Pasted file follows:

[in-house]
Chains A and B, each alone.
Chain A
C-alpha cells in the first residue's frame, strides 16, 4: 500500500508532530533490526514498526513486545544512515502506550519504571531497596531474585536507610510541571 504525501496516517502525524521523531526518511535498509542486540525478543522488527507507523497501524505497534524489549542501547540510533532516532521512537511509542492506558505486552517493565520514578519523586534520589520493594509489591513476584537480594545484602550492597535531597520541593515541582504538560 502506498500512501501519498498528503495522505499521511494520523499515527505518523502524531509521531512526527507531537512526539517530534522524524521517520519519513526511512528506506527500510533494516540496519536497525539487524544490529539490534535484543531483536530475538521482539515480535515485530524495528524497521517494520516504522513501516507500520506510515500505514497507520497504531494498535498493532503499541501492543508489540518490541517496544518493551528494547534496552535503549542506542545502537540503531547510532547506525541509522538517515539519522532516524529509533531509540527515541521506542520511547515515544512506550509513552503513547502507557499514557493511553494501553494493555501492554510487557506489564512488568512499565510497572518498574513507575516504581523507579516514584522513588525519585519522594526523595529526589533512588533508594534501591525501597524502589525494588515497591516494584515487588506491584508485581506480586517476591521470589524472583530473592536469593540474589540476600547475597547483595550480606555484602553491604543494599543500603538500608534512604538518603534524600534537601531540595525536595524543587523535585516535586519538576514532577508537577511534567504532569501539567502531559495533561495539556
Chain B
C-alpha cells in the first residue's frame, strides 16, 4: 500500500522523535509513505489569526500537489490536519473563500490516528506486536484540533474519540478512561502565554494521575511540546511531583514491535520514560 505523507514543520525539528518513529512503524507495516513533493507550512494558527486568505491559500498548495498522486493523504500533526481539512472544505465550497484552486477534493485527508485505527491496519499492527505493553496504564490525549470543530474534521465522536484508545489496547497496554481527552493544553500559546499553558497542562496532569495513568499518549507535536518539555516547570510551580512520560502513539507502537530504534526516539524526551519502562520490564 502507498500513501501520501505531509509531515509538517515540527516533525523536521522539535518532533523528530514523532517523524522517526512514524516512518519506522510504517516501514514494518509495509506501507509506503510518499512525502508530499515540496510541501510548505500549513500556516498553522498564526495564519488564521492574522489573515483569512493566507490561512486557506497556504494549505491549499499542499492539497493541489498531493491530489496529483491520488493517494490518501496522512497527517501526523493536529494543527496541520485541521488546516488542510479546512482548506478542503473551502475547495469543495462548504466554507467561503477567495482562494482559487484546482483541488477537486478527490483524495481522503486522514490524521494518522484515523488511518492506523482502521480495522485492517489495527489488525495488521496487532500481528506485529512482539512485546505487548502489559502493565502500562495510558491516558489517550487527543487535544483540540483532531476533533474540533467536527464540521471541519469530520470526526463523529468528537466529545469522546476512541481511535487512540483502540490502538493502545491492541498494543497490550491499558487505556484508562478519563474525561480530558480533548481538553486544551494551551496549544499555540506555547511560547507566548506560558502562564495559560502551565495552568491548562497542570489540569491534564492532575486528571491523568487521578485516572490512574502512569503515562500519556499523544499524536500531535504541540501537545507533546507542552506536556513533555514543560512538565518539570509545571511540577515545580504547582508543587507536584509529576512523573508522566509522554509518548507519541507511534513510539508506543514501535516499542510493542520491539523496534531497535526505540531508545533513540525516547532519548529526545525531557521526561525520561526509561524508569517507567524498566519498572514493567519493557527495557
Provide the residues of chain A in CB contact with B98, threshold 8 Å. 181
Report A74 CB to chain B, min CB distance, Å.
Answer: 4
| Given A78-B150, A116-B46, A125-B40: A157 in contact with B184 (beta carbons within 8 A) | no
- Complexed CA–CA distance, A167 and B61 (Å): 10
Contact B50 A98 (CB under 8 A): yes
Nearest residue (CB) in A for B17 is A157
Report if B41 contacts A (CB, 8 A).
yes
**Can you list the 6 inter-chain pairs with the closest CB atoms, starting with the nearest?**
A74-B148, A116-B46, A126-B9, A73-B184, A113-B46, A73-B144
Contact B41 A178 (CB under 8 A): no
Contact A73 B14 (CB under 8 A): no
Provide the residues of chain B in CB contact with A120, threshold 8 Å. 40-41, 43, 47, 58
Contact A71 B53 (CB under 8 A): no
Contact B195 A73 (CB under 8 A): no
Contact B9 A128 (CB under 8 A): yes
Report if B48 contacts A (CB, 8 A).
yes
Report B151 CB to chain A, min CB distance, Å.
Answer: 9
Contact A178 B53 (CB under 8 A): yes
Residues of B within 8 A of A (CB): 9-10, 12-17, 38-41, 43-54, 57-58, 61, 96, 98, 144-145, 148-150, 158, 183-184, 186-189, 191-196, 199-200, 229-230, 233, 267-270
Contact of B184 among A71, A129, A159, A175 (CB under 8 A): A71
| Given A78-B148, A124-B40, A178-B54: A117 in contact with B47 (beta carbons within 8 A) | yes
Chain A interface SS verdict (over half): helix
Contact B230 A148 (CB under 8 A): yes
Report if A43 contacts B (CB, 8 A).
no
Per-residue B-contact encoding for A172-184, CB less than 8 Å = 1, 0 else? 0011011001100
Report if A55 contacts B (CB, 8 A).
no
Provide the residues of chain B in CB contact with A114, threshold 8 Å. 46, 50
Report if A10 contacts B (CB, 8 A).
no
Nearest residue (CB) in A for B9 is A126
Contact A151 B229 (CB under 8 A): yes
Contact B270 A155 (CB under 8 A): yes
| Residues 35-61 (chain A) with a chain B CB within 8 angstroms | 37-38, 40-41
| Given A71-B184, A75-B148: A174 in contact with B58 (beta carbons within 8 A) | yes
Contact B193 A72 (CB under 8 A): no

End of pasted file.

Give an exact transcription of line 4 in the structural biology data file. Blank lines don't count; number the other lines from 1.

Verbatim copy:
C-alpha cells in the first residue's frame, strides 16, 4: 500500500508532530533490526514498526513486545544512515502506550519504571531497596531474585536507610510541571 504525501496516517502525524521523531526518511535498509542486540525478543522488527507507523497501524505497534524489549542501547540510533532516532521512537511509542492506558505486552517493565520514578519523586534520589520493594509489591513476584537480594545484602550492597535531597520541593515541582504538560 502506498500512501501519498498528503495522505499521511494520523499515527505518523502524531509521531512526527507531537512526539517530534522524524521517520519519513526511512528506506527500510533494516540496519536497525539487524544490529539490534535484543531483536530475538521482539515480535515485530524495528524497521517494520516504522513501516507500520506510515500505514497507520497504531494498535498493532503499541501492543508489540518490541517496544518493551528494547534496552535503549542506542545502537540503531547510532547506525541509522538517515539519522532516524529509533531509540527515541521506542520511547515515544512506550509513552503513547502507557499514557493511553494501553494493555501492554510487557506489564512488568512499565510497572518498574513507575516504581523507579516514584522513588525519585519522594526523595529526589533512588533508594534501591525501597524502589525494588515497591516494584515487588506491584508485581506480586517476591521470589524472583530473592536469593540474589540476600547475597547483595550480606555484602553491604543494599543500603538500608534512604538518603534524600534537601531540595525536595524543587523535585516535586519538576514532577508537577511534567504532569501539567502531559495533561495539556